Happiness seems to be a topic on the top of many people’s minds. You will find more than happy when you answer each question.
1. Have Goals to Look Forward to Feeling good about the future is important for our happiness. We all need goals to motivate us, and these need to be challenging enough to excite us, but also achievable. If we try to attempt the impossible, it brings unnecessary stress. Choosing ambitious but realistic goals gives our lives direction and brings a sense of accomplishment and satisfaction when we achieve them.
What are your most important goals?
2. Find Ways to Bounce Back All of us have times of stress, loss, failure, or trauma in our lives. But how we respond to these has a big impact on our well-being. We often cannot choose what happens to us, but we can choose our own attitude toward what happens. In practice, it’s not always easy, but one of the most exciting findings from recent research is that resilience, like many other life skills, can be learned.
How do you bounce back in tough times?
3. Take a positive approach. Positive emotions—such as joy, gratitude, contentment, inspiration, and pride—are not just great at the time. Recent research shows that regularly experiencing them creates an “upward spiral,” helping to build our resources. So although we need to be realistic about life’s ups and downs, it helps to focus on the good aspects of any situation—the glass is half-full rather than the glass half-empty.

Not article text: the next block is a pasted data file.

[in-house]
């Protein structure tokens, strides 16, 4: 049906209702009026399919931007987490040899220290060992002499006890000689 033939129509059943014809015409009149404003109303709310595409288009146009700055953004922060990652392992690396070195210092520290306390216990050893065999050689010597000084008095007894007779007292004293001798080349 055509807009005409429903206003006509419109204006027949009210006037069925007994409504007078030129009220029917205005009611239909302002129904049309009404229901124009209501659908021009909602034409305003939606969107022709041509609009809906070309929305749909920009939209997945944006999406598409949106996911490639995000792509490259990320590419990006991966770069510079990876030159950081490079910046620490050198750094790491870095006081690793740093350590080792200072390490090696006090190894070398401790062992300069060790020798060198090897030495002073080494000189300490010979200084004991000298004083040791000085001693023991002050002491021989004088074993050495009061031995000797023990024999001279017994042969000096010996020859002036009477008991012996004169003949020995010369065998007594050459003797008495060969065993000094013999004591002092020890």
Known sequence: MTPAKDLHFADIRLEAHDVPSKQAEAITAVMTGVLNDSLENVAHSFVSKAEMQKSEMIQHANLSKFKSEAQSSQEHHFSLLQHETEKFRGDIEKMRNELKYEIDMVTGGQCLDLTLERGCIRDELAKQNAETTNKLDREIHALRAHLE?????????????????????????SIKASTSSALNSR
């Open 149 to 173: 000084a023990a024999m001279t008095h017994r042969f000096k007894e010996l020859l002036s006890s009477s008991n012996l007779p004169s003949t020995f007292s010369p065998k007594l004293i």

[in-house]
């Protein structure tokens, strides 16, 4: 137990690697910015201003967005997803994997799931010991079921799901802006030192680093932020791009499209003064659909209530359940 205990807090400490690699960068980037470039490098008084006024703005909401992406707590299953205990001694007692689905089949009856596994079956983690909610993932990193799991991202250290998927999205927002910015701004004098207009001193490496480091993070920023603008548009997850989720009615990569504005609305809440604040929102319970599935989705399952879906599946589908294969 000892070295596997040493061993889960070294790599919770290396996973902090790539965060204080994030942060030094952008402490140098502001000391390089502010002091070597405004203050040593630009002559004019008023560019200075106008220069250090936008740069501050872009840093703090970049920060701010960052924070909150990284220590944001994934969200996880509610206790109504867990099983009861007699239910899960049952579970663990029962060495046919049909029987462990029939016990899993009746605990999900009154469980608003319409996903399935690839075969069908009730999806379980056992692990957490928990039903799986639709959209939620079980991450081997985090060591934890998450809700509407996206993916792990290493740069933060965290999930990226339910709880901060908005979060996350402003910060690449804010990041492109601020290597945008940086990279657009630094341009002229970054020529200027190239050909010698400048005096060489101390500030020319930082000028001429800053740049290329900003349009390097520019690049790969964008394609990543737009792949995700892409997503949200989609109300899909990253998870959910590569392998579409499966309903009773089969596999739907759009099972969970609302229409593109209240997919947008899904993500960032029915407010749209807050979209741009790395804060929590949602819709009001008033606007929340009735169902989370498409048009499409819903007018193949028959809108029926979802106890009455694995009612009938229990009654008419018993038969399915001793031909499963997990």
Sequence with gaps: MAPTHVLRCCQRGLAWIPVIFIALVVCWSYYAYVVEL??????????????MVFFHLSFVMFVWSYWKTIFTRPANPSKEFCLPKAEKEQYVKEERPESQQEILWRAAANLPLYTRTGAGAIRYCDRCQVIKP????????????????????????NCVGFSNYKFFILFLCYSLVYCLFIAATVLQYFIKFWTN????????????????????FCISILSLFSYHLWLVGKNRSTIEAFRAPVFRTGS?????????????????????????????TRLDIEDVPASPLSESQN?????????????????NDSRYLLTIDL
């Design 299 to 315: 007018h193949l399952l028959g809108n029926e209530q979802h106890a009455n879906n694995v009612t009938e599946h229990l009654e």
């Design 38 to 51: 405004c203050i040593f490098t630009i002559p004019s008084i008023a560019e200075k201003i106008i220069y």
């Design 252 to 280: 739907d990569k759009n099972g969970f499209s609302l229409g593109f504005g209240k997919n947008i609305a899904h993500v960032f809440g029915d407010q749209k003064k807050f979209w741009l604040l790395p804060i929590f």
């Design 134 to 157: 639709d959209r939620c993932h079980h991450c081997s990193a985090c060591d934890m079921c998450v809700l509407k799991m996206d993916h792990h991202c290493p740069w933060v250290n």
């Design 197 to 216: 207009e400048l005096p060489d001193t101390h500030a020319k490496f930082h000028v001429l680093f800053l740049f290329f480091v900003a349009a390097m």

What are you feeling good about?
4. Be comfortable with who you are. No one’s perfect. But so often we compare our insides to other people’s outsides. Dwelling on our flaws—what we’re not rather than what we’ve got—makes it much harder to be happy. Learning to accept ourselves, warts and all, and being kinder to ourselves when things go wrong increases our enjoyment of life, our resilience, and our well-being. It also helps us accept others as they are.
What is the real you like?
5. Be part of something bigger. People who have meaning and purpose in their lives are happier, feel more in control, and get more out of what they do. They also experience less stress, anxiety, and depression. But where do we find “meaning and purpose”? It might be our religious faith, being a parent, or doing a job that makes a difference. The answers vary for each of us, but they all involve being connected to something bigger than ourselves.
What gives your life meaning?
Missed Part 1 of the article? Read it here: